[¶ 4] On appeal, the State argues the district court erred by failing to find probable cause in support of the charge of possession of a controlled substance with intent to deliver. The State asks this Court to reverse the district court's order of dismissal and remand for further proceedings. Turbeville argues the district court properly dismissed the charge.

         [¶ 5] "The State's right to appeal must be expressly granted by statute." State v. Goldmann, 2013 ND 105, ¶ 6, 831 N.W.2d 748 (quoting State v. Erickson, 2011 ND 49, ¶ 6, 795 N.W.2d 375). The State has the ability to appeal from an order dismissing a charge with prejudice under N.D.C.C. § 29-28-07. Section 29-28-07(1), N.D.C.C., provides the State may appeal from "[a]n order quashing an information or indictment or any count thereof." "This Court has 'consistently held that an order dismissing a criminal complaint, information, or indictment is the equivalent of an order quashing an information or indictment and is therefore appealable under the statute.'" Goldmann, at ¶ 6 (quoting State v. Gwyther, 1999 ND 15, ¶ 11, 589 N.W.2d 575). Accordingly, this Court has jurisdiction of the State's appeal from the order dismissing Turbeville's class B felony possession of a controlled substance with intent to deliver charge with prejudice.

         [¶ 6] The district court dismissed the class B felony charge of possession of a controlled substance with intent to deliver against Turbeville at the preliminary hearing. This Court has previously explained the purpose of a preliminary hearing in a criminal case:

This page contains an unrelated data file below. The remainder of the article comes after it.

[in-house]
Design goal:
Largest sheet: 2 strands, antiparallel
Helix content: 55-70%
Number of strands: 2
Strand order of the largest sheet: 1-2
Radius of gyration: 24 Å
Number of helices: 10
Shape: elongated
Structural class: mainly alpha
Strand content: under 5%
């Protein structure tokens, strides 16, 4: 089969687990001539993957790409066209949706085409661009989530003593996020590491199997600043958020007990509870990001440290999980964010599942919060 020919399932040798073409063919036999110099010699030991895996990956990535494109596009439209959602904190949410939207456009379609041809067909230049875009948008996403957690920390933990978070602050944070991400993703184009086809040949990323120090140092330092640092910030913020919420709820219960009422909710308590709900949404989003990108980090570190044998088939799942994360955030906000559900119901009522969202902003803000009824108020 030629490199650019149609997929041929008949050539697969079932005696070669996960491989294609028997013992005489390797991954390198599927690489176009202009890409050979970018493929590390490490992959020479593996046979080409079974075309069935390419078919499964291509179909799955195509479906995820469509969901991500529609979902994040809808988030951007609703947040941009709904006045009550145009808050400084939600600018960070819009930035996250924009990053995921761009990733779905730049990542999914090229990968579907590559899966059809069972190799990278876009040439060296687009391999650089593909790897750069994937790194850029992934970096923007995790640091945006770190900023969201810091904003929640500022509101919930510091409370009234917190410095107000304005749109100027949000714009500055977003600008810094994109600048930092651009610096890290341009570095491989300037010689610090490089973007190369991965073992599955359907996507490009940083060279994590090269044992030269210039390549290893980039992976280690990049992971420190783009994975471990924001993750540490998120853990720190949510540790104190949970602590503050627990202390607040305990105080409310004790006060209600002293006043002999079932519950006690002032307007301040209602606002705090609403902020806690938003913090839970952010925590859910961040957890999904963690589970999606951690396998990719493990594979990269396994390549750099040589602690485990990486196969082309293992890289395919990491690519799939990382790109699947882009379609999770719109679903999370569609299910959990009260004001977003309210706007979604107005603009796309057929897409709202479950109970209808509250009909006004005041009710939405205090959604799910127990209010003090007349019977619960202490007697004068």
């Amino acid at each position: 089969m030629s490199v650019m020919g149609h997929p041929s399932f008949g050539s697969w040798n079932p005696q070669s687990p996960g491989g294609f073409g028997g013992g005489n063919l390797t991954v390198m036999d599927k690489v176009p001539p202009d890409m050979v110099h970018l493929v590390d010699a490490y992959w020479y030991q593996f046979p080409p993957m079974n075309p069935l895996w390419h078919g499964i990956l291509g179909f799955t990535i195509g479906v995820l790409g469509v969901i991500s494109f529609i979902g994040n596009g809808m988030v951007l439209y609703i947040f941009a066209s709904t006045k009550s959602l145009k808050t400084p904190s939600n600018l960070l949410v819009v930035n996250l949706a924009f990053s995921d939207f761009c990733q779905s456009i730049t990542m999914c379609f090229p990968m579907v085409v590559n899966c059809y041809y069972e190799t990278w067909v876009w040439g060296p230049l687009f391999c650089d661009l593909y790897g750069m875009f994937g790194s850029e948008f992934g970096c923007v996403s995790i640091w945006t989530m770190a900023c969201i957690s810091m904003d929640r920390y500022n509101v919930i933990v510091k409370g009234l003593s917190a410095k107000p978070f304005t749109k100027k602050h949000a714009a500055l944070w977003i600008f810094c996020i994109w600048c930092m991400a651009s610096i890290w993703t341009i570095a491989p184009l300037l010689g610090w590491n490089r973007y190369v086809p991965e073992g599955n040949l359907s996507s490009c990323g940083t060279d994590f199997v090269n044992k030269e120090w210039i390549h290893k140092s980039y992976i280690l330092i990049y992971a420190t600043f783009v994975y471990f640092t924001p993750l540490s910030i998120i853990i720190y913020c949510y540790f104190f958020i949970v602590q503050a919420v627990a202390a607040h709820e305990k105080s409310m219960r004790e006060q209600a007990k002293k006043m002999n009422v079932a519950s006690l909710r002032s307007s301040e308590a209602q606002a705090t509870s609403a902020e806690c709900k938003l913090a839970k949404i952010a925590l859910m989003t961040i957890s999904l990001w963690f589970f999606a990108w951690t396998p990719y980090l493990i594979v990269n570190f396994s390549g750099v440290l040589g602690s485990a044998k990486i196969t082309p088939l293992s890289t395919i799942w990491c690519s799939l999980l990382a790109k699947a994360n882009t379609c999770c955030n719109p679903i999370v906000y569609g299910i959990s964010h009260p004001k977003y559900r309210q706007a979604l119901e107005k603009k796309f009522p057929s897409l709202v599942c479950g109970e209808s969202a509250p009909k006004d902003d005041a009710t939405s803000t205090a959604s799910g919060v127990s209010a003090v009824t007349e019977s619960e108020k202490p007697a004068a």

A preliminary hearing is a screening tool "to determine the existence or absence of probable cause." State v. Blunt, 2008 ND 135, ¶ 17, 751 N.W.2d 692 (citation and quotation omitted). Probable cause "exists when the facts and circumstances are sufficient to warrant a person of reasonable caution in believing an offense has been or is being committed." Id. at ¶ 16 (citations and quotation omitted). "The standard of probable cause at the preliminary hearing is the same standard of probable cause required for a valid arrest." Id. (citations omitted). "To establish probable cause, the officer does not have to possess knowledge of facts sufficient to establish guilt; all that is necessary is knowledge that would furnish a prudent person with reasonable grounds for believing a violation has occurred." State v. Berger, 2004 ND 151, ¶ 11, 683 N.W.2d 897 (citations omitted). Because a preliminary hearing is not an actual trial, "[t]he finding of probable cause may be based on hearsay evidence" and "evidence that would be inadmissible at the trial." N.D.R.Crim.P. 5.1(a). If, after hearing the evidence, the court finds "either a public offense has not been committed or there is not sufficient cause to believe the defendant guilty of the offense, the magistrate must discharge the defendant." N.D.R.Crim.P. 5.1(b).

Goldmann, 2013 ND 105, ¶ 8, 831 N.W.2d 748. "The district court's authority to assess credibility and make findings of fact must be viewed... in the context of the minimal burden of proof placed upon the State and the limited purpose of the preliminary hearing." Blunt, at ¶ 15. "The State is not required to prove with absolute certainty or beyond a reasonable doubt that a crime occurred, but rather need only produce sufficient evidence to satisfy the court that a crime has been committed and that the accused is probably guilty." Id. "At its core, the preliminary hearing ...